Definition of -ster
Origin of -ster
Words nearby -ster
Other definitions for -ster (2 of 2)
WORDS THAT USE -STER
What does -ster mean?
The form -ster is a suffix that marks an agent noun. Agent nouns are nouns that indicate a person who does an action, and broadly speaking, -ster means “doer.” The suffix -ster is similar to -er, another agent noun, but -ster sometimes implies a more negative feeling about the doer. This suffix is used in a wide variety of informal terms.
The suffix -ster comes from the Old English -estre, where it denoted female agent nouns. The equivalent for male agent nouns was -er, as mentioned above, which has not developed the negative connotation that the traditionally feminine -ster has.
What are variants of -ster?
When agent nouns ending in -ster are used to refer to a feminine-gendered element, -ster becomes -stress, as in seamstress (a female seamster). Similar suffixes include -ess, as in stewardess (a female steward), and -euse, as in chanteuse (a female chanteur, or singer).
Examples of -ster
One example of a term you are likely familiar with that features the suffix -ster is hipster, “a usually young person who is trendy, stylish, or progressive in an unconventional way; someone who is hip.”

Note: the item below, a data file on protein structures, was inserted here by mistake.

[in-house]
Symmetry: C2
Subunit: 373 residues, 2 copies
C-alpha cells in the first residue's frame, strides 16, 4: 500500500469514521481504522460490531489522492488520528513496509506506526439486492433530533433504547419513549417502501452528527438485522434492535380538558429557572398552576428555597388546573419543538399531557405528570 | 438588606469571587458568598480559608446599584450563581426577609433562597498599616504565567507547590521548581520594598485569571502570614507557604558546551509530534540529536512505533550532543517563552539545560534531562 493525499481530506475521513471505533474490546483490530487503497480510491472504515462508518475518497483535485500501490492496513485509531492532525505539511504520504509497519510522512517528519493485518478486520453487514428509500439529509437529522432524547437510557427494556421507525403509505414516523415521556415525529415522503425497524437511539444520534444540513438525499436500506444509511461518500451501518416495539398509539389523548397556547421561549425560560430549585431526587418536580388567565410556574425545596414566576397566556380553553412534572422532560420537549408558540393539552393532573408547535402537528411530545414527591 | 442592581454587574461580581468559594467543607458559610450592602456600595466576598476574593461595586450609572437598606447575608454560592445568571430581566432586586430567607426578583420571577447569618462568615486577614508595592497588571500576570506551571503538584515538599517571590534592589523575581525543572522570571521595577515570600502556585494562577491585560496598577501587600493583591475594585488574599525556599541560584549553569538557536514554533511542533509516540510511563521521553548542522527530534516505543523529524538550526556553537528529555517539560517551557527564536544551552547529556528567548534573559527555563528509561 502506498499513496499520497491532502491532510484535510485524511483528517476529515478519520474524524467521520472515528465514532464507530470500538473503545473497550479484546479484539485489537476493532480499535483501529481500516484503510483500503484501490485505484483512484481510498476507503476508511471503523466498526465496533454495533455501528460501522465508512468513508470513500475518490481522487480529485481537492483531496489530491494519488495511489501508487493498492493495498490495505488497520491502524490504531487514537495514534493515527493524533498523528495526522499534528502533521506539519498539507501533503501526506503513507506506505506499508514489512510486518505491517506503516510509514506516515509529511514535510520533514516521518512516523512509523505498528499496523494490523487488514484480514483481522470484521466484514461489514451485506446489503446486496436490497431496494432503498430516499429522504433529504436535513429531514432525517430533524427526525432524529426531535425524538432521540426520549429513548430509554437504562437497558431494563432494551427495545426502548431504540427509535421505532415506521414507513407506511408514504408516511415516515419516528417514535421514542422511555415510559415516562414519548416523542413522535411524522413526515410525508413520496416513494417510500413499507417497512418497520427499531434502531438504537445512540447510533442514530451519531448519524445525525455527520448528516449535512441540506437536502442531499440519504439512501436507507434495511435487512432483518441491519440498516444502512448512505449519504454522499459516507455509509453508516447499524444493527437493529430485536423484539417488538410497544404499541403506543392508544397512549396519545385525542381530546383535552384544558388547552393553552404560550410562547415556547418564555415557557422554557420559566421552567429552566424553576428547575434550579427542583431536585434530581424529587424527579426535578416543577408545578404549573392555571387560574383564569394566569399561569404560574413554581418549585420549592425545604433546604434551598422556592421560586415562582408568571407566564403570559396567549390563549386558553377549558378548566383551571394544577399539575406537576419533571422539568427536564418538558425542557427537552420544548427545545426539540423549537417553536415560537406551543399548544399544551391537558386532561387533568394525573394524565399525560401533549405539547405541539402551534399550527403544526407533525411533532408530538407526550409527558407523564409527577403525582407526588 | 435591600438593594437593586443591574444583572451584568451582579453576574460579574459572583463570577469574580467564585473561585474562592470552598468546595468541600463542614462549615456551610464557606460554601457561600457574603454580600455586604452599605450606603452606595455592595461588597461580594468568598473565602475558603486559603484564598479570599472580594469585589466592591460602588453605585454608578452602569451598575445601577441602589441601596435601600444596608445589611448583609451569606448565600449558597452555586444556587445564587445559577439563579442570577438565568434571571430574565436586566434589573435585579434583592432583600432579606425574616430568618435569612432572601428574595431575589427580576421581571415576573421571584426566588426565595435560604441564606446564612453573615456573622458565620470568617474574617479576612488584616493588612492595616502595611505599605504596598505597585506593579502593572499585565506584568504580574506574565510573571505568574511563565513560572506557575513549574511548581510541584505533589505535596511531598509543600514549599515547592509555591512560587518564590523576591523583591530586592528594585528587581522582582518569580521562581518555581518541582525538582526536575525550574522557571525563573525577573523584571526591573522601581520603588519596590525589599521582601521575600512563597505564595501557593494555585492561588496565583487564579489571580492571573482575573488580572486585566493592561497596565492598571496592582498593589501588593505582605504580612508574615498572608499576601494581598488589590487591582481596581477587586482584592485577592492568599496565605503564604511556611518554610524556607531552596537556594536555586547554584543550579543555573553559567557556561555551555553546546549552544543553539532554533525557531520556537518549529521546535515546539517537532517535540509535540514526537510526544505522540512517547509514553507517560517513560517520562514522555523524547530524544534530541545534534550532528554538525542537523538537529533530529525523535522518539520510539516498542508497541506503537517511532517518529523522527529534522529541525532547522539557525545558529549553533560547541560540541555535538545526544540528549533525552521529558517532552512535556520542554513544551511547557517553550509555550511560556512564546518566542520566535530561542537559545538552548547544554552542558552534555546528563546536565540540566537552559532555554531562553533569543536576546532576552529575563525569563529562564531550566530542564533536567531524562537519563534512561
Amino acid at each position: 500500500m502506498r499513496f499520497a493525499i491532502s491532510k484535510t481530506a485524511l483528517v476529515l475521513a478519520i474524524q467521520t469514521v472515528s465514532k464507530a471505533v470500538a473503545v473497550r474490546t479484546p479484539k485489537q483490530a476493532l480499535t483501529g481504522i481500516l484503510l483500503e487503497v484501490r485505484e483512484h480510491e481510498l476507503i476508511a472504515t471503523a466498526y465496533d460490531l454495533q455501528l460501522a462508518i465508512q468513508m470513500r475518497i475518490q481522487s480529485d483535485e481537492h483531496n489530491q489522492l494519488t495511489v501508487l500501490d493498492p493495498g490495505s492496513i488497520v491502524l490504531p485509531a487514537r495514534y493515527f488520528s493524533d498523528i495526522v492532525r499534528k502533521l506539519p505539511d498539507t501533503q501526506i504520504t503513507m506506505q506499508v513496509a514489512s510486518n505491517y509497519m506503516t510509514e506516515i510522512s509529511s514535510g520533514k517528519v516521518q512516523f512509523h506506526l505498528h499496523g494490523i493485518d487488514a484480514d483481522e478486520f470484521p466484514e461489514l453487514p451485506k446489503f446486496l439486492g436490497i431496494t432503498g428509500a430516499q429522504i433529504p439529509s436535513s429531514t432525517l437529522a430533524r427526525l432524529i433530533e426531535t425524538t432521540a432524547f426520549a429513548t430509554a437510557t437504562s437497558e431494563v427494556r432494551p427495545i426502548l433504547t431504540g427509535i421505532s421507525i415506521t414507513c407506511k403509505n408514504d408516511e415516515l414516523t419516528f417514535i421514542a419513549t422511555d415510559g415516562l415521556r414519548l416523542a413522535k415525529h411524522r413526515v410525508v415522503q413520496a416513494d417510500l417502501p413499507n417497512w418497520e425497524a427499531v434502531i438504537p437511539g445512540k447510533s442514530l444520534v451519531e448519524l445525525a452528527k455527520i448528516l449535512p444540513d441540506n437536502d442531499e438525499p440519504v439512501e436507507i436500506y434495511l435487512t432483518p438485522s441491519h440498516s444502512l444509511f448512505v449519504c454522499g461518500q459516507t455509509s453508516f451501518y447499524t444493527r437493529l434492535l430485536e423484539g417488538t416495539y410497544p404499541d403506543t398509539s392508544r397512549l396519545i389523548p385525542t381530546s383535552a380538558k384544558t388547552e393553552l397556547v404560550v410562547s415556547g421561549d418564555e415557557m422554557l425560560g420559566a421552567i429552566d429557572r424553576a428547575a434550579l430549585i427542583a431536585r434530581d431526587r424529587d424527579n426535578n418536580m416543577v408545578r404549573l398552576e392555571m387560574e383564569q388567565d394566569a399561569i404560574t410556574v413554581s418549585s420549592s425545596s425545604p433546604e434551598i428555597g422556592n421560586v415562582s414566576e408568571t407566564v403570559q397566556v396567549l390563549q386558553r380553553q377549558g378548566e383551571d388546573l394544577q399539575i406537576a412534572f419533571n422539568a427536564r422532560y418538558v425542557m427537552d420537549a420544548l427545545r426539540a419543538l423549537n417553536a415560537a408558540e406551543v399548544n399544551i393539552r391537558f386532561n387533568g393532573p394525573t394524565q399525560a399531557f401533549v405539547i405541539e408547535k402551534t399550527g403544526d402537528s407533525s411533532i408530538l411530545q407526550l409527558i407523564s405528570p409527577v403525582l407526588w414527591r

Hip- here does not refer to the body part; instead, it means “familiar with or informed about the latest ideas or styles”—in other words, “cool.” The -ster suffix marks this word as an agent noun, and therefore, hipster means “someone who is cool” or “someone who does cool things.” However, it’s important to note that the -ster form carries a negative feeling with it, and even though hipster has a “cool” meaning, the use of -ster implies that the speaker is looking down on or even making fun of the hipster.
What are some words that use the suffix -ster?
What are some other forms that -ster may be commonly confused with?
Break it down!
Given what you know about the meaning of -ster, what is a pollster?
How to use -ster in a sentence
Stout Glo'ster stood aghast in speechless trance: "To arms!"The Ontario Readers: The High School Reader, 1886|Ministry of Education
A short paddle across the lake, not more than three quarters of a mile, and we were at Besse Ster.
The real ster is a larger building about a quarter of a mile from this hut, and higher up the mountain.
The Ster is a hut, built as they all are, entirely of wood, and only inhabited during the summer months.
And further away still there is yet another building, or collection of buildings, also called Besse Ster.